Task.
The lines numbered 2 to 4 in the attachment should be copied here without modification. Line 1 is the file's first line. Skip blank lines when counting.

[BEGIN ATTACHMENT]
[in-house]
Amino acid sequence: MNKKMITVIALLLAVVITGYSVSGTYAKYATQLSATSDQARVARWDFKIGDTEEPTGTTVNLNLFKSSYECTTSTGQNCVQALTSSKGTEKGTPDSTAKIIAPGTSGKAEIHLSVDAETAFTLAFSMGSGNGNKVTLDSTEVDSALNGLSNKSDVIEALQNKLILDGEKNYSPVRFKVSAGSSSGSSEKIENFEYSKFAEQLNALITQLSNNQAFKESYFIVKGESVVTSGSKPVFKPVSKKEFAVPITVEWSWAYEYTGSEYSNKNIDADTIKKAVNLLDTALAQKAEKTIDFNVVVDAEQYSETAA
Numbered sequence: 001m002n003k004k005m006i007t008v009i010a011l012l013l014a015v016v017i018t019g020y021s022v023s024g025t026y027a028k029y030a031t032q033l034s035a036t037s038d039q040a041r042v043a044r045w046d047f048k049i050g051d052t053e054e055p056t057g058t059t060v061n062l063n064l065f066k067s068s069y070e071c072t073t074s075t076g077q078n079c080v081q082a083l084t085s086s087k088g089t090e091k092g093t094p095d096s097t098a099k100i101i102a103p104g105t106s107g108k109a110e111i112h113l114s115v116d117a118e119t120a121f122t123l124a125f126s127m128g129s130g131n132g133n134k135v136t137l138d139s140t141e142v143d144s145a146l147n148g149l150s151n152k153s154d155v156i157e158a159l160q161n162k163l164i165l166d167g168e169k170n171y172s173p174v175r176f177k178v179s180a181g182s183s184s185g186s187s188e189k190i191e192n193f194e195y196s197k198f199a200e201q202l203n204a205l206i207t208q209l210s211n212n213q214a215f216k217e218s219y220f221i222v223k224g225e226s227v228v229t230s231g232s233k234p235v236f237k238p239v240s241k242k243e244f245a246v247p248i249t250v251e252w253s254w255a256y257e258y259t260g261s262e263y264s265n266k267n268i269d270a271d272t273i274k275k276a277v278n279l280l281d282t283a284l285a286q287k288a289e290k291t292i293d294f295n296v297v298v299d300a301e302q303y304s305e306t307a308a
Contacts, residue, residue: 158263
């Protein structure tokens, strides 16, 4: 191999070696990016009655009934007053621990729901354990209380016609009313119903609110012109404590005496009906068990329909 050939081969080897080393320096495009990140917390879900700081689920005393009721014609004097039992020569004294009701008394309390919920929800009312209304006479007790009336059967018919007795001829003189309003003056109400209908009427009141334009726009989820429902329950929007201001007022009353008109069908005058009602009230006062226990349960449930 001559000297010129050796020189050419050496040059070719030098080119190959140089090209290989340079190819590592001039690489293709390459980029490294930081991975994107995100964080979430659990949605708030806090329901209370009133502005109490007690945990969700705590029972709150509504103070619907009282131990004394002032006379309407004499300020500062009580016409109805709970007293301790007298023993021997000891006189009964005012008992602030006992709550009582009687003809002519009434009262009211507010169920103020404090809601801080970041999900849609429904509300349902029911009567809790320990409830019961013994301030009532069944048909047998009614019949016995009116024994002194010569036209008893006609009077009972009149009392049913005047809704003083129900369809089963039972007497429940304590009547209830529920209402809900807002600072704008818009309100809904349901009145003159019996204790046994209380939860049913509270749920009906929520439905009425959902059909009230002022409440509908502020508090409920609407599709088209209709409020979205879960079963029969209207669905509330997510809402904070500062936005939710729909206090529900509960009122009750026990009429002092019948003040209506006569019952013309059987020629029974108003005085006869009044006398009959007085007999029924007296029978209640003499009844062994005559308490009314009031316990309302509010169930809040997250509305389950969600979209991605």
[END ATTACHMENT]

Amino acid sequence: MNKKMITVIALLLAVVITGYSVSGTYAKYATQLSATSDQARVARWDFKIGDTEEPTGTTVNLNLFKSSYECTTSTGQNCVQALTSSKGTEKGTPDSTAKIIAPGTSGKAEIHLSVDAETAFTLAFSMGSGNGNKVTLDSTEVDSALNGLSNKSDVIEALQNKLILDGEKNYSPVRFKVSAGSSSGSSEKIENFEYSKFAEQLNALITQLSNNQAFKESYFIVKGESVVTSGSKPVFKPVSKKEFAVPITVEWSWAYEYTGSEYSNKNIDADTIKKAVNLLDTALAQKAEKTIDFNVVVDAEQYSETAA
Numbered sequence: 001m002n003k004k005m006i007t008v009i010a011l012l013l014a015v016v017i018t019g020y021s022v023s024g025t026y027a028k029y030a031t032q033l034s035a036t037s038d039q040a041r042v043a044r045w046d047f048k049i050g051d052t053e054e055p056t057g058t059t060v061n062l063n064l065f066k067s068s069y070e071c072t073t074s075t076g077q078n079c080v081q082a083l084t085s086s087k088g089t090e091k092g093t094p095d096s097t098a099k100i101i102a103p104g105t106s107g108k109a110e111i112h113l114s115v116d117a118e119t120a121f122t123l124a125f126s127m128g129s130g131n132g133n134k135v136t137l138d139s140t141e142v143d144s145a146l147n148g149l150s151n152k153s154d155v156i157e158a159l160q161n162k163l164i165l166d167g168e169k170n171y172s173p174v175r176f177k178v179s180a181g182s183s184s185g186s187s188e189k190i191e192n193f194e195y196s197k198f199a200e201q202l203n204a205l206i207t208q209l210s211n212n213q214a215f216k217e218s219y220f221i222v223k224g225e226s227v228v229t230s231g232s233k234p235v236f237k238p239v240s241k242k243e244f245a246v247p248i249t250v251e252w253s254w255a256y257e258y259t260g261s262e263y264s265n266k267n268i269d270a271d272t273i274k275k276a277v278n279l280l281d282t283a284l285a286q287k288a289e290k291t292i293d294f295n296v297v298v299d300a301e302q303y304s305e306t307a308a
Contacts, residue, residue: 158263